The aim of the present study was to gain insights into the different physiological pathways affected in OPMD muscles by performing both a general transcriptomic analysis and a detailed phenotypic characterization of the skeletal muscle of A17.1 mice compared with wild-type (WT) mice at different time points. We have observed that the muscle-restricted expression of the expPABPN1 transgene induces considerable gene expression deregulation among which genes associated with muscle atrophy were particularly affected. Functional and histological analysis of the skeletal muscle of this mouse further confirmed a severe muscular atrophy associated with a reduction in muscle strength. Interestingly we showed that this muscular atrophy is restricted to fast glycolytic fibres, containing a large number of INIs, while oxidative fibres are spared, and contain less INIs. These results suggest a fibre-type specificity of muscle atrophy in this OPMD model, together with a less specific presence of INIs.

RESULTS

Gene expression profiling in muscle from mice expressing expPABPN1

To gain insight into molecular mechanisms involved in OPMD, we performed a transcriptomic analysis on skeletal muscle from A17.1 mice expressing an expanded form of PABPN1 with 17 alanines (expPABPN1). Davies et al. (18,29) previously described that these A17.1 mice show progressive formation of aggregates and progressive muscle weakness from approximately 18 weeks of age, whereas A10.1 mice expressing WT PABPN1 were indistinguishable from WT mice (29). By immunohistochemistry (Fig. 1A), we confirmed that, in A17.1 mice, the number of nuclei containing PABPN1 increases with age. At 6 weeks (T1), 8% of the nuclei contained aggregates, and this number progressively increased to 15% at 18 weeks (T2) and 30% at 26 weeks (T3) (Fig. 1B). Thus aggregation of expPABPN1 starts at a very early age, suggesting that potentially earlier muscle dysfunction may occur prior to the onset of muscle weakness symptoms observed from 18 weeks of age (18,29).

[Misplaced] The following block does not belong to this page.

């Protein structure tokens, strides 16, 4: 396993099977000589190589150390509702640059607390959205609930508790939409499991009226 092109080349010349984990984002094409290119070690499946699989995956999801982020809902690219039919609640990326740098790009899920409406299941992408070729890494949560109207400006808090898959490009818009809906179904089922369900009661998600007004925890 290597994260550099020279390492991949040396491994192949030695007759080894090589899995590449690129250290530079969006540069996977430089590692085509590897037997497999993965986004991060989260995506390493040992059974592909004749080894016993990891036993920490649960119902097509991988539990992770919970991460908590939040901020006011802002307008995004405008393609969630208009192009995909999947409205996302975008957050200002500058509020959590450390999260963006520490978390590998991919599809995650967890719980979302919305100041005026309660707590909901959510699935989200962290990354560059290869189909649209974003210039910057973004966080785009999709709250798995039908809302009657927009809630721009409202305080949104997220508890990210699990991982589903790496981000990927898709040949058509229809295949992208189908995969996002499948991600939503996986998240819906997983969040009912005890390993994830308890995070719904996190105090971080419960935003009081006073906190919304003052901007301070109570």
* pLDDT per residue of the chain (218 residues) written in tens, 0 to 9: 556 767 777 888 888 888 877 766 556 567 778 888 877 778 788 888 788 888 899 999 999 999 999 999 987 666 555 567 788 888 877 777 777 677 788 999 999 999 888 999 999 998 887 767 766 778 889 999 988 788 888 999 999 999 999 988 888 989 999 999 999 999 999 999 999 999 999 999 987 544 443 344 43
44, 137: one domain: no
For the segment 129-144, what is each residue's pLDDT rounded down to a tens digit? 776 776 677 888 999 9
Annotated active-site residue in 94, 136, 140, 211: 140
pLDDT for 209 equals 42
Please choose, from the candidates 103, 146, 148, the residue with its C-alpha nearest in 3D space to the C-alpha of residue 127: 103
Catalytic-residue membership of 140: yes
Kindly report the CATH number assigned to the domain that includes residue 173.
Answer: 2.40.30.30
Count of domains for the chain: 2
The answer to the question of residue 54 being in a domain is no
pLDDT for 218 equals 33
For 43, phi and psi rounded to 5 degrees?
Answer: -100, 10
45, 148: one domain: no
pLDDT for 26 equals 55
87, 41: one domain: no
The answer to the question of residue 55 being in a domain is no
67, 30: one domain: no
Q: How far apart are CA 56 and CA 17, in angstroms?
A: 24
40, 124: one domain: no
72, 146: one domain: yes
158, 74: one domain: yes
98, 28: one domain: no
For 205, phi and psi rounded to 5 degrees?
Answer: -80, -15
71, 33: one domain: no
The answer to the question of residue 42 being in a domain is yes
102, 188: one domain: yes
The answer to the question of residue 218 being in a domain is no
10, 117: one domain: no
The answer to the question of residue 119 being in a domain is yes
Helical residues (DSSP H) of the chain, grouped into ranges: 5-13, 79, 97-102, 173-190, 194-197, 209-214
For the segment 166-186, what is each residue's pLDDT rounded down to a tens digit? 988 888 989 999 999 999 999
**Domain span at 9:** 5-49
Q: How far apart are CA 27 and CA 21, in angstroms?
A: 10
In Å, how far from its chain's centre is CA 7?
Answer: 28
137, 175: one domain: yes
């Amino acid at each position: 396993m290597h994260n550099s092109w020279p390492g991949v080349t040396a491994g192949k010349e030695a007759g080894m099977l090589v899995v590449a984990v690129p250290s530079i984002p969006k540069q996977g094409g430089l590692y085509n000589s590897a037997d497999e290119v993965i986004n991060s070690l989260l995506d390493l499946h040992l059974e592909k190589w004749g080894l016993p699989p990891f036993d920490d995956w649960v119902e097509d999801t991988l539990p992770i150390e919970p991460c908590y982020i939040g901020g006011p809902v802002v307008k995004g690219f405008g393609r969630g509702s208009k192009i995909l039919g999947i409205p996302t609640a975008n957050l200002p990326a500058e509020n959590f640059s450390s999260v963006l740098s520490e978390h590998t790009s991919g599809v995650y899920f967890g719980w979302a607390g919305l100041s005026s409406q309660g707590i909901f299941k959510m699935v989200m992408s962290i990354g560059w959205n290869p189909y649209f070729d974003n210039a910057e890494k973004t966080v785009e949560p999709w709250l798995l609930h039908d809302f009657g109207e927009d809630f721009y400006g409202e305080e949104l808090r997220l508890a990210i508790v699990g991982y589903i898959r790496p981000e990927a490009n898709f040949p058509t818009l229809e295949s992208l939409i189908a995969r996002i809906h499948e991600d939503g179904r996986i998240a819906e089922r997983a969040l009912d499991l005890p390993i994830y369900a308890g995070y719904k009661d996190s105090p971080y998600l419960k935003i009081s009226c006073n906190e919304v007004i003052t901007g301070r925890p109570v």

Figure 1.

(A) The KCl-insoluble nuclear aggregates containing expPABPN1 (green) were detected by immunostaining on skeletal muscle cryosections from A17.1 mice. The sections of WT mice did not show any KCl-insoluble aggregates. (red, dystrophin; blue, nuclei; green, PABPN1; magnification ×400.) (B) The percentage of nuclei containing PABPN1 aggregates was determined on skeletal muscle (TA) cryosections from 6 (T1), 18 (T2) or 26 (T3) weeks old A17 mice (n = 3 per time point with 250–350 fibers counted per muscle; the percentage of aggregates in T1 and T2 is significantly lower when compared with T3: T1 versus T2 **P < 0.01, T2 versus T3 ***P < 0.001).

Figure 1.

(A) The KCl-insoluble nuclear aggregates containing expPABPN1 (green) were detected by immunostaining on skeletal muscle cryosections from A17.1 mice. The sections of WT mice did not show any KCl-insoluble aggregates. (red, dystrophin; blue, nuclei; green, PABPN1; magnification ×400.) (B) The percentage of nuclei containing PABPN1 aggregates was determined on skeletal muscle (TA) cryosections from 6 (T1), 18 (T2) or 26 (T3) weeks old A17 mice (n = 3 per time point with 250–350 fibers counted per muscle; the percentage of aggregates in T1 and T2 is significantly lower when compared with T3: T1 versus T2 **P < 0.01, T2 versus T3 ***P < 0.001).